This chapter has addressed the cost implications of expanding coverage to those without insurance. This is the correlate to the costs of uninsurance: What might it cost society to provide health insurance coverage to the roughly 41 million Americans who lack it? A precise answer to this question would require specifying many features of the proposed scheme for universal health coverage, including the administrative framework, the scope of benefits covered, the level of cost sharing, the level of provider payments for covered services, and the mechanism that would finance the insurance coverage (e.g., general revenues, payroll tax, employer mandate). Different choices in each of these areas could dramatically change the estimates of the costs of providing universal coverage. The Committee’s objective here is not, however, to provide a precise estimate of the net new costs of covering the uninsured population. Rather, it is to provide a range of the likely new real resource costs, based on the best evidence to date, of extending to the uninsured coverage similar to that of individuals who now have public or private health insurance.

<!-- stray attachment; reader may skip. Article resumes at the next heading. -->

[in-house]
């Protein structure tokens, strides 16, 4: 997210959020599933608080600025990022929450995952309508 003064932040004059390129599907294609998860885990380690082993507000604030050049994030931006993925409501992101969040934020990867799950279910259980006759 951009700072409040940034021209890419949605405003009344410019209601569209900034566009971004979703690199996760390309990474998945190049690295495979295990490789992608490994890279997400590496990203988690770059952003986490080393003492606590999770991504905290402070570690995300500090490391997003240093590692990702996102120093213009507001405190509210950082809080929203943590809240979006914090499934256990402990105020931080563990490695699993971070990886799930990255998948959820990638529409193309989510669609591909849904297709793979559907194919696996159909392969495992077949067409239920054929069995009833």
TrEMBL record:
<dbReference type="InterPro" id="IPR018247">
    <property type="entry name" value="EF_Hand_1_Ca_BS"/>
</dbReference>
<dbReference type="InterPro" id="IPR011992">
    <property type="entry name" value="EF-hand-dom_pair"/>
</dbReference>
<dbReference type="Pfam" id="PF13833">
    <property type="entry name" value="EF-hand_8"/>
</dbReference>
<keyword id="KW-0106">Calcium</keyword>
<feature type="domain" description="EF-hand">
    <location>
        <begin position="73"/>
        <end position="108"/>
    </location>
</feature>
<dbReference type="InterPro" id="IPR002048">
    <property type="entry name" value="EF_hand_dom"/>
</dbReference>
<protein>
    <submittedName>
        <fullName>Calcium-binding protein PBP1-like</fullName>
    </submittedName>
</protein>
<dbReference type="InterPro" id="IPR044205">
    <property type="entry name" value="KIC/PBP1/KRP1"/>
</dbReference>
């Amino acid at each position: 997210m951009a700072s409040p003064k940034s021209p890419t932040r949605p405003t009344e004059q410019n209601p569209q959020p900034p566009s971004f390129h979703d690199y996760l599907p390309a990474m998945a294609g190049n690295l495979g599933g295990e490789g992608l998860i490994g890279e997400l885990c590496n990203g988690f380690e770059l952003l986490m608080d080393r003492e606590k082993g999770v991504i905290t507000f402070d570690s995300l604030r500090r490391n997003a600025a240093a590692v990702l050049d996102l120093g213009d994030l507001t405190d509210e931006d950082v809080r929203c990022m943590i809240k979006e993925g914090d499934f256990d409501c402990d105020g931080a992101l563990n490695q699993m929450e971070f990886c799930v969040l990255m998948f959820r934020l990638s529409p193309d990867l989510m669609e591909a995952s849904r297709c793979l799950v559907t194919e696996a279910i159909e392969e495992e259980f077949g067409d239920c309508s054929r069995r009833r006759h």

These estimates should be treated as benchmarks. The Committee presents a range of estimates of the projected costs of covering those now uninsured that are plausible, generic, and illustrative. The incremental service costs are based on the costs of the coverage that accounts for the differences in morbidity and mortality between otherwise similar insured and uninsured Americans (IOM, 2002a,b).
If these benchmarks are appropriate, then the evidence suggests that the costs of the additional health care that would be provided to the uninsured once they become insured will be on the order of $34 to $69 billion a year, assuming no other major changes in scope of benefits, provider payment, or the structure of the health care financing and delivery systems. This amounts to a 2.8 to 5.6 percent increase in spending for personal health care services for 2001. It is equivalent to between one-third and two-thirds of the 8.7 percent growth in national expenditures for personal health care services between 2000 and 2001 (Levit et al., 2003).